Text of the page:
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IMF Says U.S. Financial System May Need $76 Billion in Capital


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WestVirginiaRebel
imf-says-u-s-banking-system-might-need-as-much-as-76-billion-in-capital.html
Bloomberg:

The U.S. financial system remains fragile and banks subjected to additional economic stress might need as much as $76 billion in capital, according to the results of International Monetary Fund stress tests.

The findings, released today as part of a broader IMF report on the U.S. financial system, suggested that while the nation’s banking system is stable, it remains vulnerable. Home prices, commercial real estate loans and economic growth have the potential to cause shocks that could expose banks to more losses.

Under one scenario, small and regional banks as well as subsidiaries of foreign banks would need $40.5 billion in additional capital to meet a benchmark capital ratio of 6 percent Tier 1 common equity from 2010 to 2014. Under the adverse scenario, those needs rise to $76.3 billion, according to the report.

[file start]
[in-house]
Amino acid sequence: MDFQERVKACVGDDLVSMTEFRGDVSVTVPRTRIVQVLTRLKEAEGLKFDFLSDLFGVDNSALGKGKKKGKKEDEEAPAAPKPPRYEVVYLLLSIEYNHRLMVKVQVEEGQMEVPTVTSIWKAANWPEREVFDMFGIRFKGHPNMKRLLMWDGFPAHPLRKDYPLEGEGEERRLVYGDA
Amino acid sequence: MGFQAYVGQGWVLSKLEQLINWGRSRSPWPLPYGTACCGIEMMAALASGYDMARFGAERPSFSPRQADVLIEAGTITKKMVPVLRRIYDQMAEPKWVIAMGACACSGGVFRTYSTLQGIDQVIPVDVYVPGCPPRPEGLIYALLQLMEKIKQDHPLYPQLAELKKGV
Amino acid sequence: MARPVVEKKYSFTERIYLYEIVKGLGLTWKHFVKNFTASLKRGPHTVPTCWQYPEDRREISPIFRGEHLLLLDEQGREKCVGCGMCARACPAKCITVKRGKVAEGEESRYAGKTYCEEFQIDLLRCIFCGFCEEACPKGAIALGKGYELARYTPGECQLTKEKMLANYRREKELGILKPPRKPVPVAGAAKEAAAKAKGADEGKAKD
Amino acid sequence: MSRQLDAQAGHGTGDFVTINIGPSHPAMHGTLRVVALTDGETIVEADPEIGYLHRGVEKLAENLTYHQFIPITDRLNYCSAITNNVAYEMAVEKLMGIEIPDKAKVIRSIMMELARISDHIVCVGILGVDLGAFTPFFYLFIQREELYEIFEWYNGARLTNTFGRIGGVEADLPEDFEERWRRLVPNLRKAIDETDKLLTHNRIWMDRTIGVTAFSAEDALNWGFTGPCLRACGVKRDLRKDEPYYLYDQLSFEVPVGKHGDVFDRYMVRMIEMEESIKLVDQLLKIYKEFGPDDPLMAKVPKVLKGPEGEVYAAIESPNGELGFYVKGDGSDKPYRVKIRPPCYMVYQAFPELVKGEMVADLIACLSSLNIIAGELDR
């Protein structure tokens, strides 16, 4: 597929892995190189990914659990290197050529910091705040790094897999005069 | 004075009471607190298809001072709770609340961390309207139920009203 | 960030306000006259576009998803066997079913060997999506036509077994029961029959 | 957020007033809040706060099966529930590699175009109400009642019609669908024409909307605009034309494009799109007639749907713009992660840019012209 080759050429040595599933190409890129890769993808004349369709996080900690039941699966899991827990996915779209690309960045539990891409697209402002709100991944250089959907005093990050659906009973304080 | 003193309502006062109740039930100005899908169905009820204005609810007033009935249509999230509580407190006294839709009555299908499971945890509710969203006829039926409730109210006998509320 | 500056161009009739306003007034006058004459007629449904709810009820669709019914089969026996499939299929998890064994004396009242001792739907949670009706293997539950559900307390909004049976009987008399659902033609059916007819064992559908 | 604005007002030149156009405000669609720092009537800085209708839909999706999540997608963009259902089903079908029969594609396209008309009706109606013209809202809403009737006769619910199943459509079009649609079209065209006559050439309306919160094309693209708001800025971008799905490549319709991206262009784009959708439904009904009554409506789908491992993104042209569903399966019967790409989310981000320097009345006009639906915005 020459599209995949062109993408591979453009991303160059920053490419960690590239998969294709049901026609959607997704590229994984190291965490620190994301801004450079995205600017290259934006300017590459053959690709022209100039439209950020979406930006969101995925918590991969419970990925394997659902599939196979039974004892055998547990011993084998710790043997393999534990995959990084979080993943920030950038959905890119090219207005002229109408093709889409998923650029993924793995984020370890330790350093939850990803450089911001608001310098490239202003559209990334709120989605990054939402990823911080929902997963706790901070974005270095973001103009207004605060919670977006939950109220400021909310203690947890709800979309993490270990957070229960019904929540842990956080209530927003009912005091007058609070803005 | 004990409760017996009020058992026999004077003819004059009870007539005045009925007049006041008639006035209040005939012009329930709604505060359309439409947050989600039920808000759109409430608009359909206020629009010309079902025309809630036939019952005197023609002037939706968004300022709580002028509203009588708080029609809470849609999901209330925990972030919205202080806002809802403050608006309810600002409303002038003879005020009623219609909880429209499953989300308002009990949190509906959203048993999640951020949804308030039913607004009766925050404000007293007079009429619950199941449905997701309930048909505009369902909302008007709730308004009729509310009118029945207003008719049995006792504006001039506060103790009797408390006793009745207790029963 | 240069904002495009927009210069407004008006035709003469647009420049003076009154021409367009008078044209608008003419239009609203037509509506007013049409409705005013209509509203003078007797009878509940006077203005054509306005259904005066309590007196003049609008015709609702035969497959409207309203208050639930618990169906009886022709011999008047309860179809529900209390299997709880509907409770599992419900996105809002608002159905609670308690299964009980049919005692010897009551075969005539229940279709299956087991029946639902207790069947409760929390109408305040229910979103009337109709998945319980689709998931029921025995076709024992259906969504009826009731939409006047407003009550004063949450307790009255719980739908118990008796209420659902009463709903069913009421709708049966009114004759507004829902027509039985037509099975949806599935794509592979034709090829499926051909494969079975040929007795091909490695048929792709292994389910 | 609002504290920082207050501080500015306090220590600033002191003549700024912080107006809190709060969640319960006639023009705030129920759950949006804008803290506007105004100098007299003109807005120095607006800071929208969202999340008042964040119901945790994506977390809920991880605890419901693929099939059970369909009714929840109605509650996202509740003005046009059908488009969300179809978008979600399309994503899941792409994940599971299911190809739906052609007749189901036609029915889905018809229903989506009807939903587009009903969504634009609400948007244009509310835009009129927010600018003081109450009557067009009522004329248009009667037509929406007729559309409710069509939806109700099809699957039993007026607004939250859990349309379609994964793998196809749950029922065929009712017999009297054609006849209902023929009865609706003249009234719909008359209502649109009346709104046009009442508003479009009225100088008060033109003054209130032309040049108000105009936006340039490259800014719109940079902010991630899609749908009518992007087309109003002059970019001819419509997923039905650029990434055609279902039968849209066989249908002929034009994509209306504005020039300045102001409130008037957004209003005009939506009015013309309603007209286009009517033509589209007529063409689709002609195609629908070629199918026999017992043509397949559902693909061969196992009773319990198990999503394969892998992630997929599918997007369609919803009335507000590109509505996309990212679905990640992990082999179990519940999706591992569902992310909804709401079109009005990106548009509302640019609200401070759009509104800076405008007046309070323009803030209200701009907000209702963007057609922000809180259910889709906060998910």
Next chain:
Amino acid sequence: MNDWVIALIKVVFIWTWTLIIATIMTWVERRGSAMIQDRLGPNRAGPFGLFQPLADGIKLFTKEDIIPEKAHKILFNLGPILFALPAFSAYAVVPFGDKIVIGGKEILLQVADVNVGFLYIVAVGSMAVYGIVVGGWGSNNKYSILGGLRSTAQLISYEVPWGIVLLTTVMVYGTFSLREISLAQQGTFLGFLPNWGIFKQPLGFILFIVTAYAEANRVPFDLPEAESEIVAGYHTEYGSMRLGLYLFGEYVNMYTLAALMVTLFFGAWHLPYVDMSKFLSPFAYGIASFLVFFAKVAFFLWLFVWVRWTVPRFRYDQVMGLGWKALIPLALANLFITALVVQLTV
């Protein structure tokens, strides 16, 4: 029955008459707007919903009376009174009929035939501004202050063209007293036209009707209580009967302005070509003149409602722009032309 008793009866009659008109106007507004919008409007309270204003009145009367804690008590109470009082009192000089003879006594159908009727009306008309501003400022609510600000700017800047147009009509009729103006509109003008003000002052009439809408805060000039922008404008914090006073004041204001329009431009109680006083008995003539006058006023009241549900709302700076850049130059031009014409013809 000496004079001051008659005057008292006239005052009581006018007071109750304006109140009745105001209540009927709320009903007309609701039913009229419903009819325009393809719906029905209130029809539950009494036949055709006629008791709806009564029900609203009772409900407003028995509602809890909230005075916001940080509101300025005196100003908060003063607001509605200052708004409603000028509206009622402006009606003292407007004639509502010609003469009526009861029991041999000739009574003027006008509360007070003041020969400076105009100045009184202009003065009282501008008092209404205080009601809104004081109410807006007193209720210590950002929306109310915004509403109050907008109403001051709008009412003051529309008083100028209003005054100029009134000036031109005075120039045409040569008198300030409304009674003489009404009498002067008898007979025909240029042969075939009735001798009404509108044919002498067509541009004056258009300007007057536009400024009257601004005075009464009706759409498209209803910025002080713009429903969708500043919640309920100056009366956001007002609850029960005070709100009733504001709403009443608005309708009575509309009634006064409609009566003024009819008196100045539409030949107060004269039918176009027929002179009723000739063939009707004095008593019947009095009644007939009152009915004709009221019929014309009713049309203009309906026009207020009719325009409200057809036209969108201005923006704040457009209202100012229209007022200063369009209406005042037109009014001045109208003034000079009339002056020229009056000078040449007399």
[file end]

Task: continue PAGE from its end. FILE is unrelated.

“Pockets of vulnerabilities linger,” the fund said in the report. The U.S. is recovering from what the IMF called “one of the most devastating financial crises in a century.”

Because the economic recovery is proceeding slowly, regulators must be especially vigilant in guarding against risks and weak spots, the report said.

The IMF also renewed its call for the Obama administration to push ahead with changes to Fannie Mae and Freddie Mac, the government-sponsored enterprise housing companies. The report suggested a partial privatization strategy, in which the government would take over the GSEs’ public housing mission while privatizing investment operations.

Regulators’ Role

The IMF stopped short of recommending recapitalizing the banks it studied in the report. Instead, it urged regulators to monitor conditions, especially for smaller institutions with less market access.
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Oh, goody. Time for another bailout.
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